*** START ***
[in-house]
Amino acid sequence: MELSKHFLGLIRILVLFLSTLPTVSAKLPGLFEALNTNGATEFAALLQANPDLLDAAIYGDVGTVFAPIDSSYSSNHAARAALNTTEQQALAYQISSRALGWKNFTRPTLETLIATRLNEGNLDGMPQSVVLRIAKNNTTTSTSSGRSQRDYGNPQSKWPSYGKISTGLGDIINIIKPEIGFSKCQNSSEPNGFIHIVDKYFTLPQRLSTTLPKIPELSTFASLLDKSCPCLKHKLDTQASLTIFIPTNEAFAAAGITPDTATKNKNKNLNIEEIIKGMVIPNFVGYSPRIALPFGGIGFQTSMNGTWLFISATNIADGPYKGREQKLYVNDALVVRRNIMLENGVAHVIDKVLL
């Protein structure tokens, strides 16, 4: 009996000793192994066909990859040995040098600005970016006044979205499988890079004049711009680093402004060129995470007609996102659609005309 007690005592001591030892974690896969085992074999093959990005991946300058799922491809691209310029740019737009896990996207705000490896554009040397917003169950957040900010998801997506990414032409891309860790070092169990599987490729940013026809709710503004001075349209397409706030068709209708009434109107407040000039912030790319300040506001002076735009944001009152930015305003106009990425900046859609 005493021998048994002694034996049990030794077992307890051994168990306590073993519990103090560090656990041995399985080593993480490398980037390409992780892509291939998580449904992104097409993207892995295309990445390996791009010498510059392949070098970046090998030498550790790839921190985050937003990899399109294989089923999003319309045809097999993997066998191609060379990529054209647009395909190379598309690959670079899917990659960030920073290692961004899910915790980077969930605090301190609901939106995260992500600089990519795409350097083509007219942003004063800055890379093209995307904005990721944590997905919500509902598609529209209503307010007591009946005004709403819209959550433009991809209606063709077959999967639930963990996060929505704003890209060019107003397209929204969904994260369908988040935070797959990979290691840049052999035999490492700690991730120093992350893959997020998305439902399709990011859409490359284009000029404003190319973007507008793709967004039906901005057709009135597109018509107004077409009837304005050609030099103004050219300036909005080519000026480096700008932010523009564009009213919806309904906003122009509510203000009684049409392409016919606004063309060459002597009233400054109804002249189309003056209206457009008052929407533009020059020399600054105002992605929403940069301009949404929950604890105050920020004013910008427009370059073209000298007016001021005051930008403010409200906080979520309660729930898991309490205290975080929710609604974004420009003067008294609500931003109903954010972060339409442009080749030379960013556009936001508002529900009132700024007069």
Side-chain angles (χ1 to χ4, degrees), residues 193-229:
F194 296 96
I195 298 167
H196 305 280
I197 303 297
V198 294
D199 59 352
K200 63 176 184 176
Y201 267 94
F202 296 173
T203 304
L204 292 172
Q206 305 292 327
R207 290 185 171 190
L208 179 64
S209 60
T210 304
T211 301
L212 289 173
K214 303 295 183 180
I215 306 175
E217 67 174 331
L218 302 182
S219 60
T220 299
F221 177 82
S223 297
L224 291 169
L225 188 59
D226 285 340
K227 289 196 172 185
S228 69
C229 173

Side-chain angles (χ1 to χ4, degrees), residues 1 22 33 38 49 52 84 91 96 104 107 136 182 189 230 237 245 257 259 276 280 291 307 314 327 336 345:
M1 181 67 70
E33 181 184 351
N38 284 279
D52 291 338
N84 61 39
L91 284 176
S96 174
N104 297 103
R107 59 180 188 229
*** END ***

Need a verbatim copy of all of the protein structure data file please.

[in-house]
Amino acid sequence: MELSKHFLGLIRILVLFLSTLPTVSAKLPGLFEALNTNGATEFAALLQANPDLLDAAIYGDVGTVFAPIDSSYSSNHAARAALNTTEQQALAYQISSRALGWKNFTRPTLETLIATRLNEGNLDGMPQSVVLRIAKNNTTTSTSSGRSQRDYGNPQSKWPSYGKISTGLGDIINIIKPEIGFSKCQNSSEPNGFIHIVDKYFTLPQRLSTTLPKIPELSTFASLLDKSCPCLKHKLDTQASLTIFIPTNEAFAAAGITPDTATKNKNKNLNIEEIIKGMVIPNFVGYSPRIALPFGGIGFQTSMNGTWLFISATNIADGPYKGREQKLYVNDALVVRRNIMLENGVAHVIDKVLL
């Protein structure tokens, strides 16, 4: 009996000793192994066909990859040995040098600005970016006044979205499988890079004049711009680093402004060129995470007609996102659609005309 007690005592001591030892974690896969085992074999093959990005991946300058799922491809691209310029740019737009896990996207705000490896554009040397917003169950957040900010998801997506990414032409891309860790070092169990599987490729940013026809709710503004001075349209397409706030068709209708009434109107407040000039912030790319300040506001002076735009944001009152930015305003106009990425900046859609 005493021998048994002694034996049990030794077992307890051994168990306590073993519990103090560090656990041995399985080593993480490398980037390409992780892509291939998580449904992104097409993207892995295309990445390996791009010498510059392949070098970046090998030498550790790839921190985050937003990899399109294989089923999003319309045809097999993997066998191609060379990529054209647009395909190379598309690959670079899917990659960030920073290692961004899910915790980077969930605090301190609901939106995260992500600089990519795409350097083509007219942003004063800055890379093209995307904005990721944590997905919500509902598609529209209503307010007591009946005004709403819209959550433009991809209606063709077959999967639930963990996060929505704003890209060019107003397209929204969904994260369908988040935070797959990979290691840049052999035999490492700690991730120093992350893959997020998305439902399709990011859409490359284009000029404003190319973007507008793709967004039906901005057709009135597109018509107004077409009837304005050609030099103004050219300036909005080519000026480096700008932010523009564009009213919806309904906003122009509510203000009684049409392409016919606004063309060459002597009233400054109804002249189309003056209206457009008052929407533009020059020399600054105002992605929403940069301009949404929950604890105050920020004013910008427009370059073209000298007016001021005051930008403010409200906080979520309660729930898991309490205290975080929710609604974004420009003067008294609500931003109903954010972060339409442009080749030379960013556009936001508002529900009132700024007069």
Side-chain angles (χ1 to χ4, degrees), residues 193-229:
F194 296 96
I195 298 167
H196 305 280
I197 303 297
V198 294
D199 59 352
K200 63 176 184 176
Y201 267 94
F202 296 173
T203 304
L204 292 172
Q206 305 292 327
R207 290 185 171 190
L208 179 64
S209 60
T210 304
T211 301
L212 289 173
K214 303 295 183 180
I215 306 175
E217 67 174 331
L218 302 182
S219 60
T220 299
F221 177 82
S223 297
L224 291 169
L225 188 59
D226 285 340
K227 289 196 172 185
S228 69
C229 173

Side-chain angles (χ1 to χ4, degrees), residues 1 22 33 38 49 52 84 91 96 104 107 136 182 189 230 237 245 257 259 276 280 291 307 314 327 336 345:
M1 181 67 70
E33 181 184 351
N38 284 279
D52 291 338
N84 61 39
L91 284 176
S96 174
N104 297 103
R107 59 180 188 229